The 2015-16 basketball season is almost here … Are you ready?
The first day of basketball practice has become a holiday in our household. It’s always such an exciting day as my players come together as a team after an offseason full of individual workouts and begin the process of developing the chemistry necessary to become a cohesive unit during the coming season. I await opening day like a 6-year-old sits wide-eyed in bed on Christmas Eve in the hopes of hearing Dasher and Comet prance across the roof. There’s no feeling like it.
It’s almost that time of year again. Players, you have little time remaining to hone your craft this offseason before it’s time to prove how hard you’ve worked to improve yourself—both on and off the court. With that in mind, consider the following “must dos” that you should be focusing on now—if you’re not already—to help ensure your team has an opportunity for a special season in 2015-16.
- Decide NOW what you want your team’s season to look like.
Too often, I meet with players who wait until the season starts to really begin thinking about what they want the year to look like. By that point, it’s too late to decide to be special. That decision needs to be made in advance, so the vision can be cultivated. And once there’s a vision, you can begin to implement a plan to accomplish those goals.
Former Dallas Cowboy coach Tom Landry may have said it best: “Setting a goal is not the main thing. It is deciding how you will go about achieving it and staying with that plan.”
- Take responsibility for yourself.
Special teams are made up of special players, and special players take responsibility for their own improvement. At PGC Basketball, we challenge athletes to be wild animals, ready to fend for themselves, and not a zoo animal that depends on someone else for food. Average players wait for a coach to open a gym in order to go “work out.” Special players don’t need a coach to get better.
Players, set the standard for hard work in your program and show what it means to do more than your share. Don’t make someone else do it for you.
- Be a star in your role.
One of my all-time favorite quotes comes courtesy of Doc Rivers: “Not everyone can be the star, but you can be a star in your role.” Too many basketball players (and athletes in general) are only interested in what they think is best for themselves instead of trying to figure out what’s best for the team.
Players, ask to meet with your coach and talk about your role for the upcoming year. Find out the ways your coach thinks you can help the team the most and begin working on those things every day! That kind of meeting is also a great time to let your coach know about any additional roles you’d like to play. Ask for feedback on what you’d need to do in order to fill that role as well.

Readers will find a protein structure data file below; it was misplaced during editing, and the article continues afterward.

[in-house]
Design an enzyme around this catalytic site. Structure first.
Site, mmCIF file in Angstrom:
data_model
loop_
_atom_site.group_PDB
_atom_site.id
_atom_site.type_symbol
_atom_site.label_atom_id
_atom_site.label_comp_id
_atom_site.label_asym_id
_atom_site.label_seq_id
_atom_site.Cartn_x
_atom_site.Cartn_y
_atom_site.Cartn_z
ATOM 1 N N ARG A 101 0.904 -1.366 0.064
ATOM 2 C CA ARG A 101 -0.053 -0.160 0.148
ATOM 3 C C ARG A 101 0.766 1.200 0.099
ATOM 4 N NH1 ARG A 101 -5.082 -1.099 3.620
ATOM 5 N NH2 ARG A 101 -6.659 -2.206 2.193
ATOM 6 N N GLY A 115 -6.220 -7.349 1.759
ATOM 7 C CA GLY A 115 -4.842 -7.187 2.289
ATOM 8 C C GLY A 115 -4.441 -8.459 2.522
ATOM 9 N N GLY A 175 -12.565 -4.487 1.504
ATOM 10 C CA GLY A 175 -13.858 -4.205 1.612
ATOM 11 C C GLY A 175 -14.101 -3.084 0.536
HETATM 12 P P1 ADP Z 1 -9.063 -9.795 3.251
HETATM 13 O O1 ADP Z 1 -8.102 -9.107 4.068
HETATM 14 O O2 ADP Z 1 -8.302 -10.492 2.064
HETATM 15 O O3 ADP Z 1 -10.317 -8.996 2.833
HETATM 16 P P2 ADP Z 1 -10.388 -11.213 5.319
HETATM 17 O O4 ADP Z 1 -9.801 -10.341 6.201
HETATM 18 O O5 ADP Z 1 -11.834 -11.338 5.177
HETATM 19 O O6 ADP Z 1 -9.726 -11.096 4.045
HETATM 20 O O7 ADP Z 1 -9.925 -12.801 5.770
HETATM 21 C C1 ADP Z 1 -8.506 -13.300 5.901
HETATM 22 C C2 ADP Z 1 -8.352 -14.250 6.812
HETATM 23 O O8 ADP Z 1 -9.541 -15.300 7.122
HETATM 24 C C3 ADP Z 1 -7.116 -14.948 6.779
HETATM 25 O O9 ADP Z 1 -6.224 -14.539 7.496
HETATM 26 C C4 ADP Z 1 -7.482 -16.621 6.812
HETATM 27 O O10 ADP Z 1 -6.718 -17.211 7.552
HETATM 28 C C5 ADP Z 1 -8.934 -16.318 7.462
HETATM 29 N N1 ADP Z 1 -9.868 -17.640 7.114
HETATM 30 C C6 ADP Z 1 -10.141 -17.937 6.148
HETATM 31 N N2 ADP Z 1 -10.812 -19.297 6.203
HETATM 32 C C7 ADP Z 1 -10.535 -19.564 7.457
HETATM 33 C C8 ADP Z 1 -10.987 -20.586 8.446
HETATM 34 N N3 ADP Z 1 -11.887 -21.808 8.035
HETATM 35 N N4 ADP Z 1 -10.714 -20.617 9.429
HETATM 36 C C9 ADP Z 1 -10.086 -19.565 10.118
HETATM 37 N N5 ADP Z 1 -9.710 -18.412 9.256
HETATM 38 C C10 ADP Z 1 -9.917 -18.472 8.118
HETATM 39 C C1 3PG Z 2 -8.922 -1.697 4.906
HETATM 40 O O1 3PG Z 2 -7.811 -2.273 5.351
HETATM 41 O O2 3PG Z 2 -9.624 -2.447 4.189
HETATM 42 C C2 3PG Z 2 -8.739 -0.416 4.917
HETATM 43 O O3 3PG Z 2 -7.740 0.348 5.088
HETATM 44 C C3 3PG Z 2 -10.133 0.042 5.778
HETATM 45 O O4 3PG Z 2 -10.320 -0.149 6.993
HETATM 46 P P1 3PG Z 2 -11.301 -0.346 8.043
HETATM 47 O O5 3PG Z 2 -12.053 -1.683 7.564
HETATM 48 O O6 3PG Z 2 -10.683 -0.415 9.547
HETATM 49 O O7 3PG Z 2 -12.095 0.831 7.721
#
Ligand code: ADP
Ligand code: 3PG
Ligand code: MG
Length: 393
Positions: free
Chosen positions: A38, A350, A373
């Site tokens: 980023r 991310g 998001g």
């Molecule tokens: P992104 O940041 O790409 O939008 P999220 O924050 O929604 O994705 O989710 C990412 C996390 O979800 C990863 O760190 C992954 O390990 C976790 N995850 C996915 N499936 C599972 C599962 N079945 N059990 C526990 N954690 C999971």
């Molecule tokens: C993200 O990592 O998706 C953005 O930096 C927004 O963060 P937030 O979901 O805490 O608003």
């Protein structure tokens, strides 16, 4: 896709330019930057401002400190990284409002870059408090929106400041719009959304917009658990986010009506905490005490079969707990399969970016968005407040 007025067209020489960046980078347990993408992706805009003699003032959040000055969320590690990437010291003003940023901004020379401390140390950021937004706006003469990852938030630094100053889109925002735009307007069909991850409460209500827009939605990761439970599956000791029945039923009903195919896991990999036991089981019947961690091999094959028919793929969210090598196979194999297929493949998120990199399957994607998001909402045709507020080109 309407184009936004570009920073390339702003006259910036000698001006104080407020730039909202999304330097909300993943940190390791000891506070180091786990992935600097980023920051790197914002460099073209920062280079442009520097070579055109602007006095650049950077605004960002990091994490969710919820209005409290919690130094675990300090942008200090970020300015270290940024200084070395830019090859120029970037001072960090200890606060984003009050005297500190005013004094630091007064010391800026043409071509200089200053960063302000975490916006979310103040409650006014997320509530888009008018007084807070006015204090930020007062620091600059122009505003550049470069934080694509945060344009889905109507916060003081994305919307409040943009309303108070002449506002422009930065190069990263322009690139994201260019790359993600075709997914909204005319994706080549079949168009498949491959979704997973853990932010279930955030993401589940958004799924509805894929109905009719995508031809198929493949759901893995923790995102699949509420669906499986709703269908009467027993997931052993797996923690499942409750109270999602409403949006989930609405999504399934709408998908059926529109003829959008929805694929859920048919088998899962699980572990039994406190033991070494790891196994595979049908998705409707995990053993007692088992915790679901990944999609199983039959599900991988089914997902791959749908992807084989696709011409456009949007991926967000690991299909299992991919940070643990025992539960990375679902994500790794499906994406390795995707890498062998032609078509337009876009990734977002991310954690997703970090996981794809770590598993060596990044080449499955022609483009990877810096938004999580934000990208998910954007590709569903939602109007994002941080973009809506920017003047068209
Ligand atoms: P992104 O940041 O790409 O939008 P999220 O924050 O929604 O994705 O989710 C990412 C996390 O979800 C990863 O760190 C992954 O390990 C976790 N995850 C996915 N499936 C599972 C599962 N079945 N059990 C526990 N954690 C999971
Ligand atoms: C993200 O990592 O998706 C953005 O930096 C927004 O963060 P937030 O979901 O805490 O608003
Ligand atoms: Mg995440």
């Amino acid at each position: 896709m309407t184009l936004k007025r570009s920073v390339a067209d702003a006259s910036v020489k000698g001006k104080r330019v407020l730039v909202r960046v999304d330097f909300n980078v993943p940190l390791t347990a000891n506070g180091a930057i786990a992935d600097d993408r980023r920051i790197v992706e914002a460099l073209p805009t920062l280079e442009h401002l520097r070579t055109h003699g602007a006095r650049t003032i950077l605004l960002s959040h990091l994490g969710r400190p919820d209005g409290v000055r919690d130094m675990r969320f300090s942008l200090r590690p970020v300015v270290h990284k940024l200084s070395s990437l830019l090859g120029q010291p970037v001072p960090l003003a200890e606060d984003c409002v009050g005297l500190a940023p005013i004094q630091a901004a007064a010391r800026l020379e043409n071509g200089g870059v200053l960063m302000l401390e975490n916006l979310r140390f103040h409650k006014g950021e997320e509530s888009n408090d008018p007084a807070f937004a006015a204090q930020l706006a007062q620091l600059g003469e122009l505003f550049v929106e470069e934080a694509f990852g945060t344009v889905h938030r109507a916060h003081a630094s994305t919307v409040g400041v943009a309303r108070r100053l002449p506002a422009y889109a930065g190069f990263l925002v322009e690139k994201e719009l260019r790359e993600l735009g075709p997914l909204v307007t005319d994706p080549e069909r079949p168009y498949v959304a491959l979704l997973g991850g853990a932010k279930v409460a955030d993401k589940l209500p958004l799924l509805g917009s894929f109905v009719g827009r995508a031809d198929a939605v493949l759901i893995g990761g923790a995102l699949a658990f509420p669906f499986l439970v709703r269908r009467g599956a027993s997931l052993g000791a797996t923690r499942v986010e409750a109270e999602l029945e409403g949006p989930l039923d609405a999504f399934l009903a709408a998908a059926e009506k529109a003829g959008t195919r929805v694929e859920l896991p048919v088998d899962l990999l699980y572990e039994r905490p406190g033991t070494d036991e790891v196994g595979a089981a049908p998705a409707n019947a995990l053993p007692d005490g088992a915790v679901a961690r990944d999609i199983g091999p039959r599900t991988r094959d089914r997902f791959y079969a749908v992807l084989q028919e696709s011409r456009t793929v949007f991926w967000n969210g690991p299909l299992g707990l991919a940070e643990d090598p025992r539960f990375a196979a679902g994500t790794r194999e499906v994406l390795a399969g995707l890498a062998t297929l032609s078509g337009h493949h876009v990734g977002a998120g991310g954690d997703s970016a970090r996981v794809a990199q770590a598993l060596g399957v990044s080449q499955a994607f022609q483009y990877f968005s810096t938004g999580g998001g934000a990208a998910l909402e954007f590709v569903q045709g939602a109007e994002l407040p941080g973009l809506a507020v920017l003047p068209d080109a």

Coaches want to put players on the floor that they trust, and one of the easiest ways you can earn that trust is to put in the time to become a star in your role.
- Be a great teammate—now.
Being a great teammate isn’t just an in-season task. That’s what typical teammates do, and teams can’t be special if they’re made up of typical teammates. Special teams are made up of great teammates.
Becoming a great teammate isn’t a difficult task either; it just requires you to be intentional in your relationships with your teammates. It’s the little things that matter in developing the habits of being a great teammate. Send a text to see how someone’s weekend was. Offer to pick up the guy who’s missed the last couple of workouts. Plan a night out with everyone. Most important, be an example of the teammate you want your teammates to be. It’s contagious!
These four steps aren’t complex. They probably seem simple, and the truth is, they are. But few players invest the time needed to move from typical to special. Now’s the time to change that mindset on your team. Starting today, stand out and be special.
THINK THE GAME
Join us this summer and discover how to become a playmaker, lead your team, and run the show.
Too many players waste time working on things that don’t happen very often in games. One thing all great players have in common is their intentional training of game-specific actions
This is a correspondence between PGC owner Dena Evans and a long-time PGC grad. I was so moved by Dena’s response to this player, which the player’s father shared with me, I decided to ask Dena, and this athlete, for permission to share this correspondence publicly. If you know the heart-ache and disappointment of not reaching your team or individual goals, this is a must-read.
Far too often, basketball players make the game too hard with their go to move. They use multiple dribble combo move that rarely result in a successful attack. James Harden
PGC Basketball provides intense, no-nonsense basketball training for players and coaches. Our basketball camps are designed to teach players of all positions to play smart basketball, be coaches on the court, and be leaders in practices, games and in everyday life.
We combine our unique PGC culture with a variety of teaching methods and learning environments to maximize the learning potential of those that attend our sessions. In addition to spending 6-7 hours on the court each day, lessons will be reinforced through classroom sessions and video analysis.
Our goal at PGC is to empower you with the tools to fulfill your basketball dreams, while also assisting you in experiencing the joy of the journey.